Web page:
Today’s post is part of this month’s #ItalianFWT event. We are delving into the Prosecco Superiore DOCG denomination which is celebrating it’s 10th anniversary. Camilla Mann is hosting and shared an invitation post here: –You’re Invited: Tanti Auguri (Many Wishes), Prosecco DOCG!!
A number of us received samples from the Consorzio of Prosecco Superiore DOCG, myself included and we are all thankful. I received three bottles. My title is taking a closer look because like many people I assumed I knew a lot about Prosecco in general. I knew about the different quality levels, DOC, DOCG, Rive and Cartezze. I knew that it is all made with the Glera grape. I knew that most of it comes from the Veneto. I also knew that it is mostly made using the tank method also called the Charmat method. A very small amount of Prosecco is made in the traditional method with secondary fermentation in the bottle or “Col Fondo” or the ancestral method. What I didn’t know was that Conegliano Valdobbiadene became Italy’s 44th D.O.C.G. on August 1st, 2009. The area includes 15 communes.
Prosecco has really changed the game in terms of sparkling wine over the past five years. As of 2018, they produce 600 million bottles a year while in 2013 it was around 300 million bottles a year. Champagne produces around 300 million bottles a year for comparison sake. In 2013-2014, I used to do presentations for Prosecco DOC and everything has changed since that time.
While Prosecco is rightly famous and on all wine lists, at times, just like Pinot Grigio, wine professionals tend to ignore it. I know I have been guilty of this. There are quality differences between Proseccos but many of them have things in common. Be it a light perlage and small fine bubbles, the soft mouthfeel with apples and white peach aromas and flavors. Some of the more refined ones also have yeasty and toast notes as well. Some are sweeter than others but there is a line running through Prosecco which makes it recognizable.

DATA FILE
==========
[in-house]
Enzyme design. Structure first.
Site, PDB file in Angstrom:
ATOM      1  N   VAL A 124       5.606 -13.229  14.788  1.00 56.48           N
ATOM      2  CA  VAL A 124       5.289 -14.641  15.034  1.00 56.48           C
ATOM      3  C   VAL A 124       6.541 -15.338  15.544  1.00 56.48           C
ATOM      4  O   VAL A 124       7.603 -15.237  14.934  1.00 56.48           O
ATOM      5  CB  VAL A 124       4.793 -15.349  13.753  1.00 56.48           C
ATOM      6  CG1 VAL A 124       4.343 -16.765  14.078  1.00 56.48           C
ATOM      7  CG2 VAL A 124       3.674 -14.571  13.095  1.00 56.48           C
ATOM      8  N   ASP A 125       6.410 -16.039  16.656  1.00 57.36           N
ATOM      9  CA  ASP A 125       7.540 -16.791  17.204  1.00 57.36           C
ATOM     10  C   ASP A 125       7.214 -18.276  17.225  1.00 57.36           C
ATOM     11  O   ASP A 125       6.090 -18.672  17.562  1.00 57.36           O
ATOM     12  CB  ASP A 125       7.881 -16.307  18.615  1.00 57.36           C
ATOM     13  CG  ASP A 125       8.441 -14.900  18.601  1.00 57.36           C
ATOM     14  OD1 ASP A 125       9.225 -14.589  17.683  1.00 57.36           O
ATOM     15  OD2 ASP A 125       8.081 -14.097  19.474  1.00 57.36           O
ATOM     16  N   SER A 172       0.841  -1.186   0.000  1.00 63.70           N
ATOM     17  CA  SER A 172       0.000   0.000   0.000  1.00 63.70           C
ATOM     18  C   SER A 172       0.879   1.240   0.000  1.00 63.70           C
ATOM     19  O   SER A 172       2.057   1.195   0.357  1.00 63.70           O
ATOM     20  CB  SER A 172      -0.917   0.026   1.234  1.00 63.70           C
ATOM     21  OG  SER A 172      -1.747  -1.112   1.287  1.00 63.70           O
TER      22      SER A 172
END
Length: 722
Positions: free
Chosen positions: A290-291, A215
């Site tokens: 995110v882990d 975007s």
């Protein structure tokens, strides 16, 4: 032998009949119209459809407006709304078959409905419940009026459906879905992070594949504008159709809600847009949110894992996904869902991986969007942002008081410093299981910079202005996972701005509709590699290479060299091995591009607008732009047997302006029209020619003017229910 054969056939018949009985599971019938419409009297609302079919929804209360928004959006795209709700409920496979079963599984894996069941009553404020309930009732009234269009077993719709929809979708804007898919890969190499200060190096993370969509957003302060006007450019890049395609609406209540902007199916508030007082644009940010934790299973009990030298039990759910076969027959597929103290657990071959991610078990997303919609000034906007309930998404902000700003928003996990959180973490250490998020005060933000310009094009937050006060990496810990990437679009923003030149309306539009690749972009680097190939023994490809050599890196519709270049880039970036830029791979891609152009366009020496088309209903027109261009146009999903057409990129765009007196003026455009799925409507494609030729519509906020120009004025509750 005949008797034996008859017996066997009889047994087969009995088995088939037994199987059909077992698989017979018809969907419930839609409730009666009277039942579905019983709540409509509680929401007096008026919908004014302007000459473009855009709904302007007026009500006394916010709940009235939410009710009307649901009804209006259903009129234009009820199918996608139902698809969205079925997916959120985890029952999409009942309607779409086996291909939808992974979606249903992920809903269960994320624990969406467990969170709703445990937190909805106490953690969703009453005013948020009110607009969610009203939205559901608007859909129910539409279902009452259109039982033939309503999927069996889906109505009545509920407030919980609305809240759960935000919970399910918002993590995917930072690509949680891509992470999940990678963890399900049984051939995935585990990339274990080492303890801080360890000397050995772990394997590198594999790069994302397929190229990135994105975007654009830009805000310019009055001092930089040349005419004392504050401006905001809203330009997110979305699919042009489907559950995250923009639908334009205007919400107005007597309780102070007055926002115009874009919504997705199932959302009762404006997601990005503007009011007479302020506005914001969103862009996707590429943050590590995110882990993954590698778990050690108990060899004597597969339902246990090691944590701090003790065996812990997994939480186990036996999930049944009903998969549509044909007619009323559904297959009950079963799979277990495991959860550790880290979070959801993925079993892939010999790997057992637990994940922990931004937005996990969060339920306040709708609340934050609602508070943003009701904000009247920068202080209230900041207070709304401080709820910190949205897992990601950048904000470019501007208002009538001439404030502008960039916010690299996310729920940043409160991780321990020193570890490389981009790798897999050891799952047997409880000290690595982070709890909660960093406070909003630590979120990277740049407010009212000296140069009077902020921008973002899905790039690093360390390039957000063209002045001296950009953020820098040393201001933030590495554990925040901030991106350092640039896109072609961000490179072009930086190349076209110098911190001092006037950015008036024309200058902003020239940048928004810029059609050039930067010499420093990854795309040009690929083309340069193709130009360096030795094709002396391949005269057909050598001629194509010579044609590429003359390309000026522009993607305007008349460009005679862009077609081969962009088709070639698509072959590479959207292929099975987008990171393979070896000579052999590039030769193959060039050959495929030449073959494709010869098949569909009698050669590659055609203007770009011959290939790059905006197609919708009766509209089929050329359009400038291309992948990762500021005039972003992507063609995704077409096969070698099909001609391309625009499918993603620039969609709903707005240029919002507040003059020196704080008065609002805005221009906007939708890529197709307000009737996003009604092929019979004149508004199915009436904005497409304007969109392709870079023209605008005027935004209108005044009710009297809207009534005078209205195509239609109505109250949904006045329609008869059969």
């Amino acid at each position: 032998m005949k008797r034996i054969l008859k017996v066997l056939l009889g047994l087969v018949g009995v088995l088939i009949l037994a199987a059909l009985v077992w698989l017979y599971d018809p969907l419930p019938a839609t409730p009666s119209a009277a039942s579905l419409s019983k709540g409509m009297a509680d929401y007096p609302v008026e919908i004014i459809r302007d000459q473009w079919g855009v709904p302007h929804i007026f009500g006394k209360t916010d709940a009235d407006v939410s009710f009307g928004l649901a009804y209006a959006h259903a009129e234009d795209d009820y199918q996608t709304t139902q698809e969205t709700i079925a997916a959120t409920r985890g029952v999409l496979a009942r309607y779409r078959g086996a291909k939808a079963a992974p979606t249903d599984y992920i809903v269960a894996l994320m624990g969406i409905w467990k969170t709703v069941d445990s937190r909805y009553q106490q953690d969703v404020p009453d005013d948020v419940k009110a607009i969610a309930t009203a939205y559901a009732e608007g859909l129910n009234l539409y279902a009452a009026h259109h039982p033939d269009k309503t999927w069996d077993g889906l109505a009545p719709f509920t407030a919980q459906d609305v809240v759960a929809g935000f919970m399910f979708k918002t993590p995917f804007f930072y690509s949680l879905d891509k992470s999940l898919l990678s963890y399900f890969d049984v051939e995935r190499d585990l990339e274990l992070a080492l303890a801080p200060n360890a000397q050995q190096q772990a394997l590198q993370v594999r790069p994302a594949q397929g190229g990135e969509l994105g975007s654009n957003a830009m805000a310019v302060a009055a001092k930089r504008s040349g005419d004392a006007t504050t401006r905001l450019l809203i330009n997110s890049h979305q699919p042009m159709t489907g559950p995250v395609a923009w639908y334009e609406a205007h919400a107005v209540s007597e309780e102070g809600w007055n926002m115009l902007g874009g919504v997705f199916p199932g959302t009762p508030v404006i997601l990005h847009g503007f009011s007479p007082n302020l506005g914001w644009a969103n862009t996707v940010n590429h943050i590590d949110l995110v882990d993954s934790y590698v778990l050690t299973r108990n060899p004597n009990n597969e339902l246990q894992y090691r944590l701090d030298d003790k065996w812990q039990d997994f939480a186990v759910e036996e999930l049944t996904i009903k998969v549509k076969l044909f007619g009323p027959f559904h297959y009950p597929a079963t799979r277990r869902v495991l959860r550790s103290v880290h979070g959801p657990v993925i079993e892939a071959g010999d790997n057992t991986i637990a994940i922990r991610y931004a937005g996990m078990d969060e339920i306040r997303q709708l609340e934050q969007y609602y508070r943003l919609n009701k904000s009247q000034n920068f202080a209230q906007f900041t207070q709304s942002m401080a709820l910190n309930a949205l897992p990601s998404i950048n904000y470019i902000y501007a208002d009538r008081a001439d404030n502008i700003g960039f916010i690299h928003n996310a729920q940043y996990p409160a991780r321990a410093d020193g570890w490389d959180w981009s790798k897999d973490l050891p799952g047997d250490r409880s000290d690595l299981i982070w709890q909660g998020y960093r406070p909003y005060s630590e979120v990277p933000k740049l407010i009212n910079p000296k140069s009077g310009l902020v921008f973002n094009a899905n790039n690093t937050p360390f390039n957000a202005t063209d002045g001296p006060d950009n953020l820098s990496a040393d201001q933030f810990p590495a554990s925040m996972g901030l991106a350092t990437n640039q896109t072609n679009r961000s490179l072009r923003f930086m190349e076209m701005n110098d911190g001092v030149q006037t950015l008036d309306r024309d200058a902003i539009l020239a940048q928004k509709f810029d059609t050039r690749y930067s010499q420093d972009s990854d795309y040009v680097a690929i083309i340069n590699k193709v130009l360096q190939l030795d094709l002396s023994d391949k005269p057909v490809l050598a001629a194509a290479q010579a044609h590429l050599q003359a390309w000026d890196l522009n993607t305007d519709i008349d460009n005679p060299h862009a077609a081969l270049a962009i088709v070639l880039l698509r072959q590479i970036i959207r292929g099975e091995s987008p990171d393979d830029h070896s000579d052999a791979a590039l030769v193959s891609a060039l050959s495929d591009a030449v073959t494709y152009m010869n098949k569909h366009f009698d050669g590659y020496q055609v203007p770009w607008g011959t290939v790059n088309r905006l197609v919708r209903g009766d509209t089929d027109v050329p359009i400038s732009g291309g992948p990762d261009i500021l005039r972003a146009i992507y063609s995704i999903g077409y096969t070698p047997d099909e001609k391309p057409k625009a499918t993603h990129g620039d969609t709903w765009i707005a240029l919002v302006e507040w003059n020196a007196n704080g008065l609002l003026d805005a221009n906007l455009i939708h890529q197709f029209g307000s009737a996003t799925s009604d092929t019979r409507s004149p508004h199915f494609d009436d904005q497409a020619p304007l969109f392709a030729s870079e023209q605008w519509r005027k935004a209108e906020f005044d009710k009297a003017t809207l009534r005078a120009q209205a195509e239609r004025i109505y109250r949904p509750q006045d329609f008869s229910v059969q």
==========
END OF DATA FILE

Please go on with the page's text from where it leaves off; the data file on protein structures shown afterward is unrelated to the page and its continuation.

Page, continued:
For this tasting, I tried Malibran Ruio. I paired it with Chinese dumplings and Soy Sauce. It was incredibly refreshing and left me feeling like my palate was balanced and it was very satisfying. With 9g/l of sugar and 11.5% alcohol it was neither too sweet or cloying nor too alcoholic. It was just right for the late afternoon on this holiday weekend. The winery has seven hectares, all planted to Glera. They pick it all by hand as well. The wine costs around $15.
Yesterday during our July 4th celebration, I opened the Casa Farive Prosecco Superiore DOCG from Cantina Vedova. This was a Brut version of Prosecco. It had 11% alcohol and 16g/l of sugar. It too had apple and other white fruit notes together with some white floral aromas. Cantina Vedova began in the 1950s. I paired this wine with my absolutely favorite holiday food, especially during a Summer barbecue, hotdogs. The hotdog always has some underlying sweetness with the hotdog roll. It also was nice with the grilled zucchini we had and the watermelon and salad fixings. At around $15, it too was a great wine for a party.
I have not opened the third bottle I received yet but may do so tomorrow and will update this post. For now, I’m feeling very enthusiastic about the Prosecco Superiore DOCG and the wines that they produce. Sometimes it is important to look at an area with fresh eyes. It’s sort of what I am trying to teach my son as he prepares to move to a new school in the fall – make new friends but keep the old, some are silver and the others gold. I look forward to our conversation tomorrow on this topic.
Join the Conversation
Please join in on our live #ItalianFWT Twitter Chat. This Saturday – July 6th – at 11:00 am EST. You can follow the main hashtag (#ItalianFWT) and additional hashtags – #proseccosuperiore #coneglianovaldobbiadene #proseccodocg #proseccoelevated – and join in or search for it later and read all the posts.
The Prosecco DOCG Posts
Here’s what the #ItalianFWT bloggers are sharing for the Prosecco DOCG Party…
- Wendy, of A Day in the Life on the Farm, says Summertime and the Living is Easy with Prosecco DOCG in My Glass.
- Jill, of L’Occasion, asks Looking for Freshness? Check out Prosecco DOCG.
- Rupal, the Syrah Queen, writes Prosecco Elevated – Sipping Prosecco Superiore DOCG.
- Jane, of Always Ravenous, pours Prosecco Superiore Paired with Italian Small Bites.
- Deanna, of Asian Test Kitchen, is Pairing Cartizze Prosecco DOCG Beyond Oysters.
- David, for Cooking Chat, says Prosecco Superiore: The Special Italian Sparkling Wine Lives Up To Its Name.
- Liz, of What’s in That Bottle, is Discovering the Delights of Prosecco Superiore.
- Jeff, of FoodWineClick!, goes Beyond Apertif, Enjoy Prosecco Superiore at the Dinner Table.
- Martin, of ENOFYLZ Wine Blog, encourages Getting to Know Prosecco Superiore.
- Pinny, of Chinese Food and Wine Pairings, is Sipping the Day Away with Prosecco DOCG.
- Gwendolyn, of Wine Predator, shares 3 Prosecco DOCG and Calamari with Lemon Caper Sauce.
- Linda, of My Full Wine Glass, offers Take-aways from a week of glorious Prosecco DOCG.
- Jennifer, of Vino Travels, declares Prosecco DOCG is more than just Prosecco.
- Kevin, of Snarky Wine, declares Vintage Prosecco DOCG: Quality Matters.
- Cindy, of Grape Experiences, posts What a Girl Wants: Rosemary Parmesan Popcorn with Prosecco DOC and DOCG.
- Camilla, of Culinary Adventures with Camilla, our host, is Climbing the Prosecco Hierarchy: To Prosecco Superiore di Cartizze with Steamed Clams, Smoked Scallops, and Capellini
- and here at Avvinare, I’m sharing “Taking A Closer Look At Prosecco Superiore DOCG.”